In Chapter 1, we covered several key principles of secure computing. In this chapter, we will take a closer look at the interesting challenges that are present when considering the security of distributed systems. As we will see, being distributed considerably increases the potential threats to the system, thus also increasing the complexity of security measures needed to help mitigate those threats. A real-life example will help illustrate how security requirements increase when a system becomes more distributed.
Let’s consider a bank as an example. Many years ago, everyday banking for the average person meant driving down to the local bank, visiting a bank teller, and conducting transactions in person. The bank’s security measures would have included checking the person’s identification, and account number, and verifying that the requested action could be performed, such as ensuring there was enough money in the account to cover a withdrawal.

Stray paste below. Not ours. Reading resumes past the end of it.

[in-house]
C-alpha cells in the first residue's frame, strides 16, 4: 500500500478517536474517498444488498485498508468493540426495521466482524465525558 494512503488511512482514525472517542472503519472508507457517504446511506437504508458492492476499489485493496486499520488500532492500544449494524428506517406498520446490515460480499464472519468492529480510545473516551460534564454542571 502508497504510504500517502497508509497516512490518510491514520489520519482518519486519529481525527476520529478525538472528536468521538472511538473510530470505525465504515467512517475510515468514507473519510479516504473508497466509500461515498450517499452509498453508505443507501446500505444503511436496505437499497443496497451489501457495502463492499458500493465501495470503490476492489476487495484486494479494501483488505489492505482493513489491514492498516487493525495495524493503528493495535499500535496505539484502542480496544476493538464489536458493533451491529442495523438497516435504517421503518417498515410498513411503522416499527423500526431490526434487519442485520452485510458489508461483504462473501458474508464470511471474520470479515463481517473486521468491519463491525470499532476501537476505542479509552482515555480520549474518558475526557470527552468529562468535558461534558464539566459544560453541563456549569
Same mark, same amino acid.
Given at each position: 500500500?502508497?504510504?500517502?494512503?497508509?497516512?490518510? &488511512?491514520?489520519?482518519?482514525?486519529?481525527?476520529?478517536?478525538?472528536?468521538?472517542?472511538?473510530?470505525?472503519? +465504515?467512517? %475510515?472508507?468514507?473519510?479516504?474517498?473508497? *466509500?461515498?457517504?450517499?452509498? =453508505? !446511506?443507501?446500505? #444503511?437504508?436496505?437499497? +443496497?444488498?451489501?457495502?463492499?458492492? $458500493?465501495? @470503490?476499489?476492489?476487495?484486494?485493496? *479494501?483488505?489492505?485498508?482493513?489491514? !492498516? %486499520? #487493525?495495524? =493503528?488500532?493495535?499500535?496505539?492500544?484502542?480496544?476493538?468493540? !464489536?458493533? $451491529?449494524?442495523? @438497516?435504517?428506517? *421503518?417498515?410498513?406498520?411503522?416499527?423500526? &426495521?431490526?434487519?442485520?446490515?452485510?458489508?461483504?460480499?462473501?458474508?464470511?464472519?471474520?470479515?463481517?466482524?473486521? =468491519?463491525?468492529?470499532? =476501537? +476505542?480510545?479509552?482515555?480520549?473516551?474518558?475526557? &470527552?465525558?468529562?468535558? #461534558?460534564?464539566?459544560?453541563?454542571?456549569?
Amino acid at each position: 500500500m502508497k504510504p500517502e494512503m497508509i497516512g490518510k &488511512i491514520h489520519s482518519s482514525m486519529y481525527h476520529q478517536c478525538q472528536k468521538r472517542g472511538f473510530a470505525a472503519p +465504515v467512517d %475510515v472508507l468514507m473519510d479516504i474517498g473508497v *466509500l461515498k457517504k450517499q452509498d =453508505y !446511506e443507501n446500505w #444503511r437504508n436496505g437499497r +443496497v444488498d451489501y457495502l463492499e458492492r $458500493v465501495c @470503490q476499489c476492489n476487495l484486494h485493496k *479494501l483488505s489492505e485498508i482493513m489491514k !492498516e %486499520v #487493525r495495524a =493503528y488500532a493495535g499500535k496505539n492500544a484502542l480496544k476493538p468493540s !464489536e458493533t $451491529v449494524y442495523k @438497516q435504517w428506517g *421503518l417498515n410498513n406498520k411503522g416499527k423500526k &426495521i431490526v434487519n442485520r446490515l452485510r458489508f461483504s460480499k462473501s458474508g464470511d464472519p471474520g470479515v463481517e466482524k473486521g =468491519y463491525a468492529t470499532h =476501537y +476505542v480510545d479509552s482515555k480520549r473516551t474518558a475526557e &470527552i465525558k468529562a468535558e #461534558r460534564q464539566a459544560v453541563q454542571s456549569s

Over the years, banks became larger. Your local hometown bank probably became a branch of a larger bank, thus giving you the ability to conduct banking not just at the bank’s nearby location but also at any of its other locations. The security measures necessary to protect assets have grown because there is no longer just a single physical location to protect. Also, more bank tellers need to be properly trained.
Taking this a step further, banks eventually started making use of ATMs to allow customers ...